> - Oliver

    Works fine at Eclipse 3.1.0.

    Mark
     
    Mark Thomas, Apr 18, 2006
    #7
  8. Oliver Wong

    Oliver Wong Guest

    Re: Eclipse bug: Doesn't check for uninitialized variables whenthere are "too many" variable declarations.

    "James McGill" <> wrote in message
    news:...
    > On Tue, 2006-04-18 at 16:44 +0000, Oliver Wong wrote:
    >>
    >> int a, b, c, d, e, f, g, h, i, j, k, l, m, n, o, p, q, r, s, t,
    >> u, v,
    >> w, x, y, z;

    >
    > Well, not to argue that it's a bug, but if you have this situation in
    > your code, it's a sure indication that you should consider a data
    > structure of some type, or an array with a procedure to initialize the
    > array contents.


    The Java source file I was working with was generated by another program
    (JavaCC, to be precise: https://javacc.dev.java.net/), so refactoring the
    class was not an option (generally, you shouldn't edit generated files at
    all). I suppose I could politely ask the JavaCC devs to generate "prettier"
    code...

    >
    > I thought Eclipse was just calling the javac that you specify in
    > workbench properties. Wouldn't that make this a Sun javac bug?


    No, Suns JavaC correctly detects the error. Eclipse uses its own
    internal compiler. Eclipses compiler has a different interpretation of how
    inferred generic types are handled, for example; in that specific case, I
    find the Eclipse compilers behaviour more "useful" than Suns JavaC
    behaviour.

    > Besides that, your example is caught by my eclipse environment, no
    > problem.


    What version of Eclipse are you using?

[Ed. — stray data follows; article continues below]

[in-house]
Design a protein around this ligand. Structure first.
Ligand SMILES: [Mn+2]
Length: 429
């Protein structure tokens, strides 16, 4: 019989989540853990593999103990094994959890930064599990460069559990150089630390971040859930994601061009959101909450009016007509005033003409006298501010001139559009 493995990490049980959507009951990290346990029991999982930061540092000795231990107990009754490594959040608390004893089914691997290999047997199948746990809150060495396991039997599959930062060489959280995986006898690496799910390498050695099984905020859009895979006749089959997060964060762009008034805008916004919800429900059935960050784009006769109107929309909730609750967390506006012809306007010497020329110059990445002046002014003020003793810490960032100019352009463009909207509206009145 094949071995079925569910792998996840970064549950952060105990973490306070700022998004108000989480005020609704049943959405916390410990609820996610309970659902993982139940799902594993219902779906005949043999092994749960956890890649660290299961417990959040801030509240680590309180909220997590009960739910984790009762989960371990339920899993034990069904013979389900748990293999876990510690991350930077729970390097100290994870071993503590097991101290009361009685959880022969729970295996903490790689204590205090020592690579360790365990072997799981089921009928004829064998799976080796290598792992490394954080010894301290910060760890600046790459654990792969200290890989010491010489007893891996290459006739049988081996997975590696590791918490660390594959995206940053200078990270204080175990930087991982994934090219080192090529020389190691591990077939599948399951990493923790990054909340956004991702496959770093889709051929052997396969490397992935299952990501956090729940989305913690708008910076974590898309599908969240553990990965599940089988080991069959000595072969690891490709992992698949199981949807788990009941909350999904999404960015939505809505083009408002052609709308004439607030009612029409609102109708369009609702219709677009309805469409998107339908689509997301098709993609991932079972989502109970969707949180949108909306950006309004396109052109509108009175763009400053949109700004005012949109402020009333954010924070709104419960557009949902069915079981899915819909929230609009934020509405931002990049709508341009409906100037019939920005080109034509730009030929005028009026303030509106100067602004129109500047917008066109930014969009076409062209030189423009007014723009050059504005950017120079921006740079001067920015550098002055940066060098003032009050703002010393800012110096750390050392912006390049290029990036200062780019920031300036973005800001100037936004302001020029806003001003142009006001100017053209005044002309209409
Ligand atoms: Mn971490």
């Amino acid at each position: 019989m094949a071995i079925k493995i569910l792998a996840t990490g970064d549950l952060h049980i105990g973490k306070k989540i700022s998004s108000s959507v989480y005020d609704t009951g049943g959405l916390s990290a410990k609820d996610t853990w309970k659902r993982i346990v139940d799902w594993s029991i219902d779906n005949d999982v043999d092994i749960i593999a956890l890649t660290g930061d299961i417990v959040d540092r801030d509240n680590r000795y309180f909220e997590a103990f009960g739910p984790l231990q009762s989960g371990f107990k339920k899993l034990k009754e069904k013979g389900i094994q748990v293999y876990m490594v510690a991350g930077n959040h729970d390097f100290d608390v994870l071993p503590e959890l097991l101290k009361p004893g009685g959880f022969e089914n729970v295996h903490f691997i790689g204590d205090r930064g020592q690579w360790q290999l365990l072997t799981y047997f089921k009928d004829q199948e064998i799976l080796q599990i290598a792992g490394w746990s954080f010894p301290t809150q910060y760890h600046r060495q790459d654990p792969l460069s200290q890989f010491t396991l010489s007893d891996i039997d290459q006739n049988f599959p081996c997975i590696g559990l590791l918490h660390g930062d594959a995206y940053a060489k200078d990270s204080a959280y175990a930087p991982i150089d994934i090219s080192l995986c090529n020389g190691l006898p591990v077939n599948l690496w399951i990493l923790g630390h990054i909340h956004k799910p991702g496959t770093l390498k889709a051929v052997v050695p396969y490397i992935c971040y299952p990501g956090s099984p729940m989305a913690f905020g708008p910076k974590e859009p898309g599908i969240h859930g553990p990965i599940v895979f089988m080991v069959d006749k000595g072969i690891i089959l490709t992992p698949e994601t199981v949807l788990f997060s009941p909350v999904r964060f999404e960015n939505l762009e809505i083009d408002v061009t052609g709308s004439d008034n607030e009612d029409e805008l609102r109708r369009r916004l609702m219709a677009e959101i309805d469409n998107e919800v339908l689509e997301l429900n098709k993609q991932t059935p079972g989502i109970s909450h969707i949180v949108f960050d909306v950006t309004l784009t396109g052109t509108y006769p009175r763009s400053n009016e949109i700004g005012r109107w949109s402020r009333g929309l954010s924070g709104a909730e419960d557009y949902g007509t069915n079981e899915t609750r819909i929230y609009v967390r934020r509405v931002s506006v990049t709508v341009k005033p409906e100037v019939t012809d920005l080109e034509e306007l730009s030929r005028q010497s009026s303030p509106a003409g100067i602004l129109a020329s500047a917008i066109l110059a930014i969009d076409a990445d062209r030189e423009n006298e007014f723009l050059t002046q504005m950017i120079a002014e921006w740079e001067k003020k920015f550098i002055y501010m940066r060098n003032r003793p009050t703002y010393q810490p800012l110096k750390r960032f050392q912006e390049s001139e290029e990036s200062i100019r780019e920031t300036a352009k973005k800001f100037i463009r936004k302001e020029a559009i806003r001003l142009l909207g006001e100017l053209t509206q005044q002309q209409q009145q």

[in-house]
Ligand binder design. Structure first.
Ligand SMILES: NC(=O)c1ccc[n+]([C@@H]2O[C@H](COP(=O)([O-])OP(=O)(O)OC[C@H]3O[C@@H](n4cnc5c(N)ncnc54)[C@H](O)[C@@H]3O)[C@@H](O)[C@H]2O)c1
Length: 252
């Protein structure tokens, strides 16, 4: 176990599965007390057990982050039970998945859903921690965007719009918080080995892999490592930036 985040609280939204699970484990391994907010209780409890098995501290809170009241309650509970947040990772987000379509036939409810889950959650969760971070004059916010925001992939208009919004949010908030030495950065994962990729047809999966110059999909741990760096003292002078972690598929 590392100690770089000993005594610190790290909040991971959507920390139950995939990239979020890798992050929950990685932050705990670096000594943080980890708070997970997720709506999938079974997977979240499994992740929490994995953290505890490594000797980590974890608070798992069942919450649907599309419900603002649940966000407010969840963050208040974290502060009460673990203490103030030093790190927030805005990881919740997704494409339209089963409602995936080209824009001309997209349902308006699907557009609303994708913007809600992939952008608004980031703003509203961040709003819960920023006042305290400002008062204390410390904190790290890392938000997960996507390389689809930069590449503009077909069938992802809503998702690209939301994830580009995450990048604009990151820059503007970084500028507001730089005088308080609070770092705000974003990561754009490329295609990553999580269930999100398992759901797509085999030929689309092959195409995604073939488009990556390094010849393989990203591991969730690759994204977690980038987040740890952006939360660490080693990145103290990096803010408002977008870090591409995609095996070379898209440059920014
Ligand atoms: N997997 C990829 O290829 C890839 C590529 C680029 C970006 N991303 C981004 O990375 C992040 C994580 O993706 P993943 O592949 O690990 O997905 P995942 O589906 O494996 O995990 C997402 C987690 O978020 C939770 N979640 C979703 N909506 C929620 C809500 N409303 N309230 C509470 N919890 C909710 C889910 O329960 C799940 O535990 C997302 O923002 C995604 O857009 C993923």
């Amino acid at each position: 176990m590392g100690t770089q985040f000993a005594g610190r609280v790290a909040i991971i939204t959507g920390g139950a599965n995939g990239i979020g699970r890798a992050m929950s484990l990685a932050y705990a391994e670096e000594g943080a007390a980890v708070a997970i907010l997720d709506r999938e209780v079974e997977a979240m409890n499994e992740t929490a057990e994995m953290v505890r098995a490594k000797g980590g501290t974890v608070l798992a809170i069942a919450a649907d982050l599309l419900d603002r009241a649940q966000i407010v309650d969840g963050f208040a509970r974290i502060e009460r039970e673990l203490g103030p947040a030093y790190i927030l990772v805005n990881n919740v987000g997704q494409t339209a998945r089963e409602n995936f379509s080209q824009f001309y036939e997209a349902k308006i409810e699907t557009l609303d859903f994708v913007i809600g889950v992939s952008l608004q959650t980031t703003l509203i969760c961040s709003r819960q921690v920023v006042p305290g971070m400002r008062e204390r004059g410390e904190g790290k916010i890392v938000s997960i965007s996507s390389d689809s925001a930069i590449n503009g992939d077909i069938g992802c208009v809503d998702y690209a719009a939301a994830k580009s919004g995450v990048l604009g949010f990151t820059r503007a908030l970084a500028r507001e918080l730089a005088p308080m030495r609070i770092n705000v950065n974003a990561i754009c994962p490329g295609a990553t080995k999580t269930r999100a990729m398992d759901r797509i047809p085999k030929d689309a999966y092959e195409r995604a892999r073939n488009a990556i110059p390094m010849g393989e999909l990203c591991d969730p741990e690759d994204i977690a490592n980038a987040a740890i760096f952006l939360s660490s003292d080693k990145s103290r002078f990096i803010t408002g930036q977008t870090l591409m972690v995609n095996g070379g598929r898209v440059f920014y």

- Oliver
     
    Oliver Wong, Apr 18, 2006
    #8
  9. Oliver Wong

    James McGill Guest

    Re: Eclipse bug: Doesn't check for uninitialized variableswhenthere are "too many" variable declarations.

    On Tue, 2006-04-18 at 18:22 +0000, Oliver Wong wrote:
    >
    >
    > What version of Eclipse are you using?


    Whatever today's Milestone build happens to be ;-)
     
    James McGill, Apr 18, 2006
    #9
  10. Re: Eclipse bug: Doesn't check for uninitialized variables when thereare "too many" variable declarations.

    Eric Sosman wrote:
    >
    > Andrew McDonagh wrote On 04/18/06 12:57,:
    >> Wow - thankfully I'll never see this bug as I'd never create a design
    >> that used as many vars.
    >>
    >> I'm sure Sun will 'fix' this bug sometime when our own sun burns a
    >> little less bright.

    >
    > Um, er, is there some special reason you think Sun
    > will fix this bug, or ought to fix this bug, or even
    > ought to be asked to fix this bug? We've got enough
    > bugs of our own, thanks, without being asked to take
    > on someone else's.
    >


    doh - I meant Eclipse - might fix it when the Sun has burnt out.
     
    Andrew McDonagh, Apr 18, 2006
    #10
  11. Oliver Wong

    Mark Thomas Guest

    Re: Eclipse bug: Doesn't check for uninitialized variables when thereare "too many" variable declarations.

    Thomas Hawtin wrote:
    > Mark Thomas wrote:
    >> Oliver Wong wrote:
    >>> Object toToken = null;
    >>> [...]
    >>> String toString;
    >>> if (toToken != null) {
    >>> toString = "";
    >>> }
    >>> [...]
    >>> System.out.println(toString);

    >
    >> Works fine at Eclipse 3.1.0.

    >
    > It shouldn't. The code is not correct. The compiler should catch that.
    > Therefore it appears that there is a bug in the compiler used by Eclipse.
    >
    > Neither toToken nor (in JLS2 with errata or JLS3) null is a compile-time
    > constant expression, so toToken != null certainly is not.
    >
    > Tom Hawtin

    When I say it works fine, I meant eclipse highlights the error!

    Mark
     
    Mark Thomas, Apr 19, 2006
    #11
  12. Re: Eclipse bug: Doesn't check for uninitialized variables when thereare "too many" variable declarations.

    -----BEGIN PGP SIGNED MESSAGE-----
    Hash: SHA1

    Oliver Wong schreef:
    > This is just as a heads up for other people using Eclipse who might
    > run into this bug. I got stuck on it while working on a project, and
    > waste an hour or so tracking down the cause.
    >
    > My Eclipse version is 3.2.0 build ID is I20060217-1115.


    3.2.0 build ID I20051215-1506 gets it correct, seems like a very recent
    bug, then.

    H.

    - --
    Hendrik Maryns

    ==================
    www.lieverleven.be
    http://aouw.org
    -----BEGIN PGP SIGNATURE-----
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    H9K8CEXDXWaqEjAG7WiJ2CE=
    =c25b
    -----END PGP SIGNATURE-----
     
    Hendrik Maryns, Apr 19, 2006
    #12